Chinggisid rule bequeathed upon Eurasia not only new political entities but also a less immediately visible reality: language contact, the emergence of new institutions for translation, and unprecedented forms of comparative linguistic consciousness. The Ilkhanid historian Rashid al-Din (1247-1318), for example, orchestrated a ‘world history’ compilation based on a highly multilingual corpus of sources in Persian, Arabic, Hebrew, Turkic, Mongolian, Latin, and Indian languages. Notably, such literary traditions did not stand monadically side by side but were subjected to comparative thinking, as seen in Rashid al-Din’s cross-examination of Mongolian dialects or in the Yuan/Ming calligrapher Tao Zongyi’s 陶宗儀 juxtaposition of Chinese, Khitan, Old Uyghur, and Phagspa scripts. Focusing on the first decades of the early Ming empire (est. 1368), this paper argues that certain Ming ‘innovations’, such as the Siyi guan 四夷館 translation bureau and its yiyu 譯語 (bilingual glossaries), can only be properly understood as a continuation of Mongol-sponsored or Mongol-inspired scholarship. But there were clear breaks, too: formerly one part of a larger Mongolian-Chinese-Persian trinity, Chinese was now reinstalled as the imperial language. How did the Ming founders negotiate the needs for continuity with the past and a break from it in the multilingual world they inherited? Are their ‘multilingual artefacts’ imitations of Mongol prototypes or something else altogether?

Marie Favereau, “How Did the Golden Horde Survive the End of the Mongol Empire?

In the 1260s the lineage of khans stemming from Batu, son of Jochi and grandson of Chinggis Khan, ended. Historians still disagree on what happened. Political assassination of pretenders, the Black Death, and tension among the begs over the possible election of a candidate from another Jochid branch have been offered as explanations for the crisis that dominated the political life of the Golden Horde for almost twenty years. Yet, suddenly at the end of the 1370s, the Jochid political system stabilized and the Golden Horde began to flourish again. This paper intended to provide a new and more comprehensive explanation of the bulqaq—as the contemporaries called these years of anarchy in the upper echelons. Reevaluating all internal and external factors, it shows that the collapse of the Toluids and the end of the Mongol empire had serious consequences for the Golden Horde. Until then, the khans had married princesses who had close connections to Mongolia, China, and Iran. In the second half of the fourteenth century, the khatuns’ personal networks contracted, and so did their political and economic power. Arguing that the major consequence of the bulqaq was not the extinction of the main lineage of khans, but the Golden Horde’s adaption to profound geopolitical change, this paper offers to analyze the Jochids’ social and political responses to the crisis as an inherent feature of the shape-shifting regime of the Golden Horde.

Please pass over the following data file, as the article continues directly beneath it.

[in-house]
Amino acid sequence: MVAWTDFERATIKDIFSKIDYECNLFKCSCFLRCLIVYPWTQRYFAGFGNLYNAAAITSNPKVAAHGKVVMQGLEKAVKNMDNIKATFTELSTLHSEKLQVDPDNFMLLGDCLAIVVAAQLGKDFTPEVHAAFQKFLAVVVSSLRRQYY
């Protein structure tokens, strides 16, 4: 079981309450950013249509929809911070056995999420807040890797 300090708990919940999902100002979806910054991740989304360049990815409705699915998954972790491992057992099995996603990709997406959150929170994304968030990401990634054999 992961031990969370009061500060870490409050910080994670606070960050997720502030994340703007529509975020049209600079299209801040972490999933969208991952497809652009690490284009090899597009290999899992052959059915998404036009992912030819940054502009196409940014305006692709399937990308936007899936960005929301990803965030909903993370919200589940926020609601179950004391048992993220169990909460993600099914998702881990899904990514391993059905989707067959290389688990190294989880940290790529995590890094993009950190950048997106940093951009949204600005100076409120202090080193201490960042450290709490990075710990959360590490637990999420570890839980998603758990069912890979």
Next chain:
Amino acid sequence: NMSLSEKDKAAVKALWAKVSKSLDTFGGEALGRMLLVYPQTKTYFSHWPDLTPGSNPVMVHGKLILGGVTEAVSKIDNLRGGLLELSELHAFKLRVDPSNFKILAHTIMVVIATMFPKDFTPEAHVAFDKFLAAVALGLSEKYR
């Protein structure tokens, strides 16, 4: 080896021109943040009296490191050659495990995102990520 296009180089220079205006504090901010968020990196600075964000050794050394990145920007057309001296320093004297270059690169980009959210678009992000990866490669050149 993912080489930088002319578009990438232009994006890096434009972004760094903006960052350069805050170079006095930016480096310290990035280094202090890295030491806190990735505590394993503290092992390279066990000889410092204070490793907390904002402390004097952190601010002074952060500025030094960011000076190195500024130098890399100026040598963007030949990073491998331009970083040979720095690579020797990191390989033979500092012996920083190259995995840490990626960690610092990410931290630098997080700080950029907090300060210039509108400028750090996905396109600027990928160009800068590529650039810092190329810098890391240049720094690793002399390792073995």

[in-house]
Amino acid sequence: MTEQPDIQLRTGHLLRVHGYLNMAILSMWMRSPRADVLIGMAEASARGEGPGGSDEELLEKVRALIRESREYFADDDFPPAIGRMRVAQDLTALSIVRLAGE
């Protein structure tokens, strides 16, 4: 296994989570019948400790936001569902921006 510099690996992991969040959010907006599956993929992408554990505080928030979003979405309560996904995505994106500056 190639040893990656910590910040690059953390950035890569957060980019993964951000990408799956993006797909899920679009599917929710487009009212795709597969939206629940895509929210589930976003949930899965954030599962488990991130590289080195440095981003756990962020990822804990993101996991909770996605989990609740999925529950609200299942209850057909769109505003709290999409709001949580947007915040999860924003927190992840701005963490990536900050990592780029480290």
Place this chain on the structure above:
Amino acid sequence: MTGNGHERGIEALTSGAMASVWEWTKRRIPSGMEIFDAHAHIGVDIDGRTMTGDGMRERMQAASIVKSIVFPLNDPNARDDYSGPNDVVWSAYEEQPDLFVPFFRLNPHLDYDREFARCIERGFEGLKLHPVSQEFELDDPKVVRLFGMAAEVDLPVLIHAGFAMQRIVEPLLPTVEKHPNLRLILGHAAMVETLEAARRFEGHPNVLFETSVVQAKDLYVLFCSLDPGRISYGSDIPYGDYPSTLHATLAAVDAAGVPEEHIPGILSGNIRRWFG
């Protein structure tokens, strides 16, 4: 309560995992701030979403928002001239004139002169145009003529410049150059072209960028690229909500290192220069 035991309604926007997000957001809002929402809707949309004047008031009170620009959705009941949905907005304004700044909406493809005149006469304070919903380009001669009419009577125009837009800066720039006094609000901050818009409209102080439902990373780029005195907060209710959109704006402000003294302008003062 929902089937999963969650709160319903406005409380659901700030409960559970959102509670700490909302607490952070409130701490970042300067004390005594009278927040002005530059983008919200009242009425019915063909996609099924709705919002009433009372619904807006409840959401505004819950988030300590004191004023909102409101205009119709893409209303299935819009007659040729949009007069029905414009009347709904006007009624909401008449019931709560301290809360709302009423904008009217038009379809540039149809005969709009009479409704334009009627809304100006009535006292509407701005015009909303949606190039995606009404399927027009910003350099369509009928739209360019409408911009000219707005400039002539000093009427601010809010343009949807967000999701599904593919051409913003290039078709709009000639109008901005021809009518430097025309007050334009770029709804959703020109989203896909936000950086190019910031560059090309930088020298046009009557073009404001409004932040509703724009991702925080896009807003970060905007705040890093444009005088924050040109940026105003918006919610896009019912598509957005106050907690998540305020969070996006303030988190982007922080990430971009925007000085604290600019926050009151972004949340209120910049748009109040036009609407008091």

Qiao Yang, “Knowledge in Transition: Local Divination Schools in the Fourteenth Century

During the Mongols’ rule in China (1271–1368), local divination schools were systematically established throughout the state. These institutions, based on the model of Confucian schools, aimed to manage local diviners and prepare candidates for practicing astral sciences in the court bureaucracy. I will examine the continuity and change in the local divination schools during the transition period to Ming (1368–1644). I will examine the influences on local institutionalisation of astral education. I will further address the changes in status, staff and content of these institutions over the transition period, within the context of the interplay between empire and knowledge, and the bureaucratisation of knowledge.

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Room A
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Comparative Case Studies from and beyond China